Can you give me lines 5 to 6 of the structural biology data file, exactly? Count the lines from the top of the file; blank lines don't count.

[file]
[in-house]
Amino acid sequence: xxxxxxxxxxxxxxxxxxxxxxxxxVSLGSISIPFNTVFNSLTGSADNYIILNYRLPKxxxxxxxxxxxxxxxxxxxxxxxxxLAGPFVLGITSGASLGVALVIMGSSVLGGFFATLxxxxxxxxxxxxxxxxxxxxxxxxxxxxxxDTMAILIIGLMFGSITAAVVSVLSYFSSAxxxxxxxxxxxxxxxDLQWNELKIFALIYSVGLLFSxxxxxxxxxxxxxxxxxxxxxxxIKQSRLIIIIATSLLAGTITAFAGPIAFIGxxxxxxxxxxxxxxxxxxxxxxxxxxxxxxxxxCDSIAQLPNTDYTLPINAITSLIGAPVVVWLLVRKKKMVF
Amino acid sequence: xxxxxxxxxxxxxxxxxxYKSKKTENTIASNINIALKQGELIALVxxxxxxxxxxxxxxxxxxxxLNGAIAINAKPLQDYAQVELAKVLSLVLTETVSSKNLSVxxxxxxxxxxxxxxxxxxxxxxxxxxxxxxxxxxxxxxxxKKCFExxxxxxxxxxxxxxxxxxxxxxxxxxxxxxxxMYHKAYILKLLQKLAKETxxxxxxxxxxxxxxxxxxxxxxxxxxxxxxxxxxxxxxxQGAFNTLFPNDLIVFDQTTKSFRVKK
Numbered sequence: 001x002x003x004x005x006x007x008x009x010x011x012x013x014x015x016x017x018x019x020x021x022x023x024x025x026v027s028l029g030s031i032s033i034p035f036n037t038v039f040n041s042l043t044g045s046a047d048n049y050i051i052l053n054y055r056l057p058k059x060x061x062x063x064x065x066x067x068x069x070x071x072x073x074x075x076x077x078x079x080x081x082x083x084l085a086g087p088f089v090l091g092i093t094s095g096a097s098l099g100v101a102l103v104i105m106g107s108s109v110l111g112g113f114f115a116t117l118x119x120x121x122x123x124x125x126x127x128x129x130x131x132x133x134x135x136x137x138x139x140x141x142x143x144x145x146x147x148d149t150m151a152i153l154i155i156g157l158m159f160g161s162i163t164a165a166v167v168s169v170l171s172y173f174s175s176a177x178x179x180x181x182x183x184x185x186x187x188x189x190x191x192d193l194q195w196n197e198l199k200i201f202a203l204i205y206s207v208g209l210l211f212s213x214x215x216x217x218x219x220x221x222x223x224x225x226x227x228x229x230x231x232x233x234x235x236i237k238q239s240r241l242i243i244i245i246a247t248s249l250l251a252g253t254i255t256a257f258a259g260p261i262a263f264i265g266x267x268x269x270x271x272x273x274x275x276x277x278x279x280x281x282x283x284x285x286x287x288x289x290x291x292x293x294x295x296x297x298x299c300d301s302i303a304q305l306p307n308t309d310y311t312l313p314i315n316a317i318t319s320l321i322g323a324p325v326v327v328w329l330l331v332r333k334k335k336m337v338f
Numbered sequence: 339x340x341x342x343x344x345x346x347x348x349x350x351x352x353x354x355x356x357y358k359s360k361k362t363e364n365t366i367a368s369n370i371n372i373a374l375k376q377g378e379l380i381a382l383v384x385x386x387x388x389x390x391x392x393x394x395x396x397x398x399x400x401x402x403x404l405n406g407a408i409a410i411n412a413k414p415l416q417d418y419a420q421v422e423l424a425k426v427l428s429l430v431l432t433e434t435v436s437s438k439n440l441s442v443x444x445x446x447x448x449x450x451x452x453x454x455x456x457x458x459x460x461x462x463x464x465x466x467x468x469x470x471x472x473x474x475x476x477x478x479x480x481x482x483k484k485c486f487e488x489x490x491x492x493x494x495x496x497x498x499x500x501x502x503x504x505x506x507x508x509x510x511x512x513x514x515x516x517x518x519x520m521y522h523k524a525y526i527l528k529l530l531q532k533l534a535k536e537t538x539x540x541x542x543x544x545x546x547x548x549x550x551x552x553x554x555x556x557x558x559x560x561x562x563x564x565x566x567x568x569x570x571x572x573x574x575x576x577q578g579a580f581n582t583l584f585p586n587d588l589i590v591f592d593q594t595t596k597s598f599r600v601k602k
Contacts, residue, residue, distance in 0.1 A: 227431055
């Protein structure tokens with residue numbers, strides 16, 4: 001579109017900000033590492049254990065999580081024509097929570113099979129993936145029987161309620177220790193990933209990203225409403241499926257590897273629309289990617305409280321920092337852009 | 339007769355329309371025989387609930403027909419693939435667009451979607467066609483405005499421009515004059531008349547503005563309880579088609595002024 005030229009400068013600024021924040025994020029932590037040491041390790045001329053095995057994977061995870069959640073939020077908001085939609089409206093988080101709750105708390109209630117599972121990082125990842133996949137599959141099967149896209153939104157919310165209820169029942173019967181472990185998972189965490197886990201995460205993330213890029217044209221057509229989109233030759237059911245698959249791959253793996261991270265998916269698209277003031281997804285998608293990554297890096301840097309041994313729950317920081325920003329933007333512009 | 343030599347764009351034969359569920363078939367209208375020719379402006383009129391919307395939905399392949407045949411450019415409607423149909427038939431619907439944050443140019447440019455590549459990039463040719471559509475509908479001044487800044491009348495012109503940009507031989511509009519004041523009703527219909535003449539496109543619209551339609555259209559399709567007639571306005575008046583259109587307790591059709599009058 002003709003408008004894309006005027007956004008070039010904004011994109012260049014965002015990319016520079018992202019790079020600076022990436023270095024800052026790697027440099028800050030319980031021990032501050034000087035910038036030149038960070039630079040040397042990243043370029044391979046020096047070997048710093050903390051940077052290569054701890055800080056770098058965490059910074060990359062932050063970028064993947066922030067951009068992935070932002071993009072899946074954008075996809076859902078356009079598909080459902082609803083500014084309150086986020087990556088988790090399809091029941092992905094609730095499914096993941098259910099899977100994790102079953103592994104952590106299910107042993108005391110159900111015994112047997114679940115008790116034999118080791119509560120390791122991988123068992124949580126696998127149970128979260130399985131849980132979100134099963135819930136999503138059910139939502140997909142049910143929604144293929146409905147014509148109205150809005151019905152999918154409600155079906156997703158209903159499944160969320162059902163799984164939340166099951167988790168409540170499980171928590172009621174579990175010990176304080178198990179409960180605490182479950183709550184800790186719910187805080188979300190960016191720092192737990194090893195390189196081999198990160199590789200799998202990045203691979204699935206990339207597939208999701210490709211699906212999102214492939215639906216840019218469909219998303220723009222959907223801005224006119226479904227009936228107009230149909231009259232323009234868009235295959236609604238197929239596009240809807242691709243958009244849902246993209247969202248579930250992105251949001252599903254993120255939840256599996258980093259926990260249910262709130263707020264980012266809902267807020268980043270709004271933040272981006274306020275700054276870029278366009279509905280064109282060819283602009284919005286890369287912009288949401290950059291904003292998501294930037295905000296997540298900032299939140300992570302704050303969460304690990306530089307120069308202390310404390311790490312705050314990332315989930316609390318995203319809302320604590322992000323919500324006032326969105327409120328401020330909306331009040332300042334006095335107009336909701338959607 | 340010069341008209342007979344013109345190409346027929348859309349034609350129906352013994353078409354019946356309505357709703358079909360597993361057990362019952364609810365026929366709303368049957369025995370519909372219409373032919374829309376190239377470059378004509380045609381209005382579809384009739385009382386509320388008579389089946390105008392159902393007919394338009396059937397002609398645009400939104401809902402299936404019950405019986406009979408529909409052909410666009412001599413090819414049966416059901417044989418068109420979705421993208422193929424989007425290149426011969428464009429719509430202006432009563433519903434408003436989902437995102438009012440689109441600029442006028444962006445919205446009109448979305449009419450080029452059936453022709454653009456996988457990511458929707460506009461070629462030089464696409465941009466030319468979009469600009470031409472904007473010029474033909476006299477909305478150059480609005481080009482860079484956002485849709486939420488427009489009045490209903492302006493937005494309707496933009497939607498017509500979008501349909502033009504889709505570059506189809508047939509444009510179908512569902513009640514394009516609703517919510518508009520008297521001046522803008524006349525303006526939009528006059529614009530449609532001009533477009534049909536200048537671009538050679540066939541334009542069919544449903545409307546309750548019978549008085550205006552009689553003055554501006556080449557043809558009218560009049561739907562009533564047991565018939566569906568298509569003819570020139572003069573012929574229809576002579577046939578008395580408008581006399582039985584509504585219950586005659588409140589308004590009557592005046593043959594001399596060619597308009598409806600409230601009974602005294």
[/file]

Numbered sequence: 339x340x341x342x343x344x345x346x347x348x349x350x351x352x353x354x355x356x357y358k359s360k361k362t363e364n365t366i367a368s369n370i371n372i373a374l375k376q377g378e379l380i381a382l383v384x385x386x387x388x389x390x391x392x393x394x395x396x397x398x399x400x401x402x403x404l405n406g407a408i409a410i411n412a413k414p415l416q417d418y419a420q421v422e423l424a425k426v427l428s429l430v431l432t433e434t435v436s437s438k439n440l441s442v443x444x445x446x447x448x449x450x451x452x453x454x455x456x457x458x459x460x461x462x463x464x465x466x467x468x469x470x471x472x473x474x475x476x477x478x479x480x481x482x483k484k485c486f487e488x489x490x491x492x493x494x495x496x497x498x499x500x501x502x503x504x505x506x507x508x509x510x511x512x513x514x515x516x517x518x519x520m521y522h523k524a525y526i527l528k529l530l531q532k533l534a535k536e537t538x539x540x541x542x543x544x545x546x547x548x549x550x551x552x553x554x555x556x557x558x559x560x561x562x563x564x565x566x567x568x569x570x571x572x573x574x575x576x577q578g579a580f581n582t583l584f585p586n587d588l589i590v591f592d593q594t595t596k597s598f599r600v601k602k
Contacts, residue, residue, distance in 0.1 A: 227431055